In many ways this year’s CES looked a lot more like an autonomous-car show than a consumer electronics show. There were announcements aplenty from the likes of Ford, Baidu, Toyota, and others about self-driving vehicles, upcoming driving tests, and new partners. In a parking lot across from the Las Vegas Convention Center, several companies offered rides; you could even schedule a ride in a self-driving Lyft through the company’s app and get dropped off at one of many casinos on the Strip.
The robot shown here, called ARMAR-6, could be one of the most advanced robotic helpers tested to date. But it could also mark the beginning of further encroachment by robots into areas of manual work. ARMAR-6 can already respond to simple voice commands in useful ways. Ask it to hand you a wrench, for example, and it will ask which one before giving you the correct tool. Researchers working on the bot are also testing ways for it to parse a scene and plan complex actions in real time.
A car with an empty driver’s seat slowly pulled up in front of me at the MGM Grand Las Vegas the other night. It wasn’t exactly a driverless car, though; my driver was just sitting 540 miles away in Mountain View, California. The car belongs to a startup called Phantom Auto, which is building technology to let a remote human driver take over briefly for autonomous vehicles when they get into situations that they can’t handle.
Muck Rack makes it simple to find people, tweets, or articles that mention any name, keyword, company, hashtag etc. We've compiled this guide to help you make the most of your search.
Selecting a term
Start searching tweets, articles from media outlets, articles mentioned in tweets, journalists'
names, titles and bios with some suggested searches:
Companies or Topics (e.g. iPhone, Microsoft)
Phrases (e.g. "cloud computing") — use quotes to keep the terms together
Twitter handles (e.g. @username) — returns those who have mentioned or replied to
Names (e.g. "David Pogue")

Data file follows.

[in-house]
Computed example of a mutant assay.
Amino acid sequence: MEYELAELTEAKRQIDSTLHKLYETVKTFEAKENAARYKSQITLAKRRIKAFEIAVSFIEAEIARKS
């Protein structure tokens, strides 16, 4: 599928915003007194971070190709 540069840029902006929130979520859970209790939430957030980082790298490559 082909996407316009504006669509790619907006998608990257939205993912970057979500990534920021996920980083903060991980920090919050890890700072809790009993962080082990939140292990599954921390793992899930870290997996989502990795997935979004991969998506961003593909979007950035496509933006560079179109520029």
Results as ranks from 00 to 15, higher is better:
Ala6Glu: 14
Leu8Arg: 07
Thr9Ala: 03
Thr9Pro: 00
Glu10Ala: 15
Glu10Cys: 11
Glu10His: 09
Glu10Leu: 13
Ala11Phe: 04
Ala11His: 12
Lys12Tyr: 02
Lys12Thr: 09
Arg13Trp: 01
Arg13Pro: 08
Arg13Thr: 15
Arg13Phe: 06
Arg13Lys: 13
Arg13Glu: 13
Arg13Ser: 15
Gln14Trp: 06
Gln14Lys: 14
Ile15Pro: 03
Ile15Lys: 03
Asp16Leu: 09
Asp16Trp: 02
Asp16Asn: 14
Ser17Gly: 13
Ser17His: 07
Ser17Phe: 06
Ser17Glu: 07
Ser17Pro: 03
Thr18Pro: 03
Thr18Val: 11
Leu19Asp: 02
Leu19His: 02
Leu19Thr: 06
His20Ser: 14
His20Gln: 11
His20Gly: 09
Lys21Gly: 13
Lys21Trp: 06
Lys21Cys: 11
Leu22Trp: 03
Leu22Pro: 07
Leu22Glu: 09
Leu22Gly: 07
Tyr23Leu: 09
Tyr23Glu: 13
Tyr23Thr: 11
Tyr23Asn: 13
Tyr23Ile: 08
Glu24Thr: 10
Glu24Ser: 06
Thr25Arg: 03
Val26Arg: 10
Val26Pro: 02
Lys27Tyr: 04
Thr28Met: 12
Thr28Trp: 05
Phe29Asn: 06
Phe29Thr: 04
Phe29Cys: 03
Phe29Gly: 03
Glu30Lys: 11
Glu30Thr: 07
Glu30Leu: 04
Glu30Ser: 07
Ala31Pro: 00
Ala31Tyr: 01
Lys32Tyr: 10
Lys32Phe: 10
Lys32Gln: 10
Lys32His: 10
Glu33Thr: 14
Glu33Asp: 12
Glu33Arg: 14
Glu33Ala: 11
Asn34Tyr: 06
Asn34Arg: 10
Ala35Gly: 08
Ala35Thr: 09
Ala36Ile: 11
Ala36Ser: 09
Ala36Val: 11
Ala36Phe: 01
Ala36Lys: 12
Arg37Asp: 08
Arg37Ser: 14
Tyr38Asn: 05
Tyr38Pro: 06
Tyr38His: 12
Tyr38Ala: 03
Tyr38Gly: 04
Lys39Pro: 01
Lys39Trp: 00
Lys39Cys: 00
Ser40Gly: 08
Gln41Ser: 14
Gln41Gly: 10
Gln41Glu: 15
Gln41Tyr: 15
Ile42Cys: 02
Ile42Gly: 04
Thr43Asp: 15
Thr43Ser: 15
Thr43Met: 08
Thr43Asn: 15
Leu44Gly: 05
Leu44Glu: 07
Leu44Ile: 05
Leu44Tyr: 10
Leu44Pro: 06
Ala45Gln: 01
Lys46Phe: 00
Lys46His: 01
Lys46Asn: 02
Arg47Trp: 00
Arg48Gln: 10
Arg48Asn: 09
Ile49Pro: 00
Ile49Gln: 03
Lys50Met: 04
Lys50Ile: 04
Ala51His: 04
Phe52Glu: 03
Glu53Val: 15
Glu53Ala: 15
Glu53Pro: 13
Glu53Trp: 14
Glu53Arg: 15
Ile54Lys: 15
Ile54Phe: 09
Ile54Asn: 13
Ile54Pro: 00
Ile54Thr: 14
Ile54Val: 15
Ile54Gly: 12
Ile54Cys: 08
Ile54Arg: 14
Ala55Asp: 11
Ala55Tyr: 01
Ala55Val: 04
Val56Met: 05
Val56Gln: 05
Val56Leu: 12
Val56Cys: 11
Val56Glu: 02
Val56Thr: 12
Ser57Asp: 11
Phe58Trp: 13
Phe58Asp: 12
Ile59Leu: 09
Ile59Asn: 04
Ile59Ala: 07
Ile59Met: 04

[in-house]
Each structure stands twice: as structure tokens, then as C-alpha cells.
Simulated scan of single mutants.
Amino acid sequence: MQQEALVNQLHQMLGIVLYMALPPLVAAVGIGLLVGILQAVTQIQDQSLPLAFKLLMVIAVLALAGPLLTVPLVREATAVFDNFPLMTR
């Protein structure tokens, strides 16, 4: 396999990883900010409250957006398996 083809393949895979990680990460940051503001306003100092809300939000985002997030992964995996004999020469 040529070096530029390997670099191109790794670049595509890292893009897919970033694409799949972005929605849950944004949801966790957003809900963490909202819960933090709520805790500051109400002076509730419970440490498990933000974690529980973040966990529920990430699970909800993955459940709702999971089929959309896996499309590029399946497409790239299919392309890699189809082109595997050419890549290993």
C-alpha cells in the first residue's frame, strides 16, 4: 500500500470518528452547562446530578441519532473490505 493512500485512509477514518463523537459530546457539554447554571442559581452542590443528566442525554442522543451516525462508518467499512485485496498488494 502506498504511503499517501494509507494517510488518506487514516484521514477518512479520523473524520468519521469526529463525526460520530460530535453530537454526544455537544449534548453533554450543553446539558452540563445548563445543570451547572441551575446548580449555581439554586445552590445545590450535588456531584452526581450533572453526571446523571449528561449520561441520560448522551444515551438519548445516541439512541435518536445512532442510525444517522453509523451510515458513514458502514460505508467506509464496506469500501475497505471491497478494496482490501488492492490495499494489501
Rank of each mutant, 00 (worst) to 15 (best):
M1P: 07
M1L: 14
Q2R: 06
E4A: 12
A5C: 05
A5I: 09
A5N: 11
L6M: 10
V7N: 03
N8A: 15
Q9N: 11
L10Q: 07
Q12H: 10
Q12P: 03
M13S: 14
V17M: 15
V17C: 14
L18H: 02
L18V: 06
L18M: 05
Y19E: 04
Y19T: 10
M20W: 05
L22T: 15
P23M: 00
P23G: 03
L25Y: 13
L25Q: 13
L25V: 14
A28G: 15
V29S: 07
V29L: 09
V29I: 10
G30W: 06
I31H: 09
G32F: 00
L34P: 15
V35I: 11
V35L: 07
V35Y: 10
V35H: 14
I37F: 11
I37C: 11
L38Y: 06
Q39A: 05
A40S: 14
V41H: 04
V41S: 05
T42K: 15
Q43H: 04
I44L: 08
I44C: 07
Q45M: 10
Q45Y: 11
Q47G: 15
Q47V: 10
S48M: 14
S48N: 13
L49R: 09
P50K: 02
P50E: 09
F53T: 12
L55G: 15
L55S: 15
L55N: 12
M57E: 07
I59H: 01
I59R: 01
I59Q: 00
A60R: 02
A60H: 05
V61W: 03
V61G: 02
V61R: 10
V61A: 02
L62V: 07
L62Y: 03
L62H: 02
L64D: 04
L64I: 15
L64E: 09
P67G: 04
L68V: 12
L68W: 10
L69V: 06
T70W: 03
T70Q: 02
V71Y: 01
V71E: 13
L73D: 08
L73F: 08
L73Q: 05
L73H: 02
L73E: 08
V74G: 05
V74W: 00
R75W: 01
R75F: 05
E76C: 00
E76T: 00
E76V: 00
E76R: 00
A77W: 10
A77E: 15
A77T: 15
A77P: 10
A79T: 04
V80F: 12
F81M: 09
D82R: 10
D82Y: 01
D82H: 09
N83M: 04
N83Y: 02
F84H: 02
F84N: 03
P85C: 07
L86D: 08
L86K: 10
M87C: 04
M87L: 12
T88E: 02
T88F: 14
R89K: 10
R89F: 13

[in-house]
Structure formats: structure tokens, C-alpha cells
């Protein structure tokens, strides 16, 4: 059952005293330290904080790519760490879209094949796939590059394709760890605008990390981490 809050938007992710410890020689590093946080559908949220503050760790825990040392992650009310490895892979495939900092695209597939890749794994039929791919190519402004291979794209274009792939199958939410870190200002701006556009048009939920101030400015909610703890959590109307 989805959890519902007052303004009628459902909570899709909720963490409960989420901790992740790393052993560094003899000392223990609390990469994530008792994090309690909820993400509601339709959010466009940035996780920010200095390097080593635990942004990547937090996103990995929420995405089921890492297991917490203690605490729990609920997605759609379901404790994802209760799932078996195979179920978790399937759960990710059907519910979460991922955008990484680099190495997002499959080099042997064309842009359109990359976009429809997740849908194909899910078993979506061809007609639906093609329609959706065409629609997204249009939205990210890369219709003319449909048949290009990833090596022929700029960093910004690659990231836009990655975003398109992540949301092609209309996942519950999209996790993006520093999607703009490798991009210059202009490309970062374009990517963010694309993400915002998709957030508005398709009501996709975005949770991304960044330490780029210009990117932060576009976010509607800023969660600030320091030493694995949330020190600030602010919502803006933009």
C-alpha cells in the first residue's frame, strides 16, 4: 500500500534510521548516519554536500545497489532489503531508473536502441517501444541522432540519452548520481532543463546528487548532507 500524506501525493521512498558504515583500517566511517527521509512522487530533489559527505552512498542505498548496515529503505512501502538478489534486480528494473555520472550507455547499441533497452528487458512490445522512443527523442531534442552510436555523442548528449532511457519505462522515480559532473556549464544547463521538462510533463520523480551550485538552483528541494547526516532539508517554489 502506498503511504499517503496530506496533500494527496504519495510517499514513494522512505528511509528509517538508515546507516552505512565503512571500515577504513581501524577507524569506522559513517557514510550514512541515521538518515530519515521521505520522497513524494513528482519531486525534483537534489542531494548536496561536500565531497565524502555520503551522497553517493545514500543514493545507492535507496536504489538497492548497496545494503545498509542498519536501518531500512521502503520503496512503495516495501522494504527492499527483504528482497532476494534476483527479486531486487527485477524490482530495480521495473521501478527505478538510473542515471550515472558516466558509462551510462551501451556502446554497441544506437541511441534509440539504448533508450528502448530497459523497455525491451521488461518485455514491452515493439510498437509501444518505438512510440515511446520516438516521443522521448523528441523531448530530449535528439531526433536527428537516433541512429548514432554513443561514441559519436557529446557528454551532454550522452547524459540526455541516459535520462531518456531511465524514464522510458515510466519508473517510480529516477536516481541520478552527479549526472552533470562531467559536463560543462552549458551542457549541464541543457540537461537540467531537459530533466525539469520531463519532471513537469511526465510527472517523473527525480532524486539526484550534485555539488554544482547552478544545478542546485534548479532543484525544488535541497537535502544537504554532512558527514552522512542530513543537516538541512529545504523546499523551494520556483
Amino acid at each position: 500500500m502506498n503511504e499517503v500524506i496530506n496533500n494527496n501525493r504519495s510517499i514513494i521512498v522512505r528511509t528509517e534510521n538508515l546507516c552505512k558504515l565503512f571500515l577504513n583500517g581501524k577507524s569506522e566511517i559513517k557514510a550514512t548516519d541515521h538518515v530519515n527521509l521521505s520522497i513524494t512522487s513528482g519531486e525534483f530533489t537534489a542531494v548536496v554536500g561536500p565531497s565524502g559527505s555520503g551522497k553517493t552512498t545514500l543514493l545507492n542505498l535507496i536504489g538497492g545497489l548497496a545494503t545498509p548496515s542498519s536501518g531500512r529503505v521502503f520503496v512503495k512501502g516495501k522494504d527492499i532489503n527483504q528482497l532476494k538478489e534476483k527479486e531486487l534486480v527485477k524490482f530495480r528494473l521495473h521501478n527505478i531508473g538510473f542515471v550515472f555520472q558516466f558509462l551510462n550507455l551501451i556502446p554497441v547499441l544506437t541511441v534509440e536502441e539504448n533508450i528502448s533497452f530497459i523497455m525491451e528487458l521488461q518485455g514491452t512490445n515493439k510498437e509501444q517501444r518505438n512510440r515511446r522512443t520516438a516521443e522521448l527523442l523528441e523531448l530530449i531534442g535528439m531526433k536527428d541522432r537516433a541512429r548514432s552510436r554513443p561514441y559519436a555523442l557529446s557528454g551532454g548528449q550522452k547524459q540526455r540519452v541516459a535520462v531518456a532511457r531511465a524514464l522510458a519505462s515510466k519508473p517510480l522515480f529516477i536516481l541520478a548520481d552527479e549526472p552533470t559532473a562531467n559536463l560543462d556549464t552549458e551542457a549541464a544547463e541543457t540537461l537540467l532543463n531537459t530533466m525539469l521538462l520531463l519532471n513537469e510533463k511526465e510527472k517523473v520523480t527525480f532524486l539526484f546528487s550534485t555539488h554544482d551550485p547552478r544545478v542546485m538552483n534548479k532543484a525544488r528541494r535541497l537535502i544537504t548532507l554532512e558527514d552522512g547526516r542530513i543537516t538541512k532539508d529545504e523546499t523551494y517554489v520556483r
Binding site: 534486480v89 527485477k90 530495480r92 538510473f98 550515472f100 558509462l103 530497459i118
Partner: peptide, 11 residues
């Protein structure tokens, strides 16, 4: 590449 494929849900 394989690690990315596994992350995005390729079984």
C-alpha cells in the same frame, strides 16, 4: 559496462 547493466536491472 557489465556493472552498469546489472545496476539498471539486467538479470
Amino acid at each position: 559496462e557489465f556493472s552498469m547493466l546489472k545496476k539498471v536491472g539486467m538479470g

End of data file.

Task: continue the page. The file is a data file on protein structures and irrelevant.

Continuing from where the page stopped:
Hashtags (e.g. #sxsw, #london2012)
Bio details (e.g. vegan, Olympics, father)
Muck Rack's Advanced Search allows for many boolean operators.
Find results that mention multiple specified terms, use AND or
+. For example, ensure each result contains both Elon Musk and Mark Zuckerberg by
searching Musk AND Zuckerberg or Musk + Zuckerberg.
Use the operators OR or , to broaden your search when you'd like either of
multiple terms to appear in results. (This is the default behavior of our search when no operators
are used). For example, results will contain either cake or cookie by searching cake OR cookie or cake,cookie
Use NOT or - to subtract results from your search. For
example, searching Disney will yield results about the Walt Disney Company as well as Walt Disney
World Resort. To exclude mentions of Disney World, search for Disney -World or Disney
When using one of these operators with a phrase, enclose it in quotation marks. For example, you can
find results about smartphones excluding Apple's iPhone 4S by searching smartphone -"iPhone
Exact case matching or punctuation
If you're searching for a brand name or keyword that relies on specific punctuation marks or capitalization, you can
find results that match your exact query by adding matchcase: before the keyword you're searching for, like matchcase:E*TRADE .
Use parentheses to separate multiple
boolean phrases. For example, to find journalists talking about having fun in Disney World or
Disneyland, search for ("disney world" OR disneyland) AND fun.
An asterisk can be used to search for any variation of a root word truncated by the asterisk. For example, searching for admin* will return results for administrator, administration, administer, administered, etc.
A near operator is an AND operator where you can control the distance between the words. You can vary the distance the near operation uses by adding a forward slash and number (between 0-99) such as strawberries NEAR/10 "whipped cream", which means the strawberries must exist within 10 words of "whipped cream".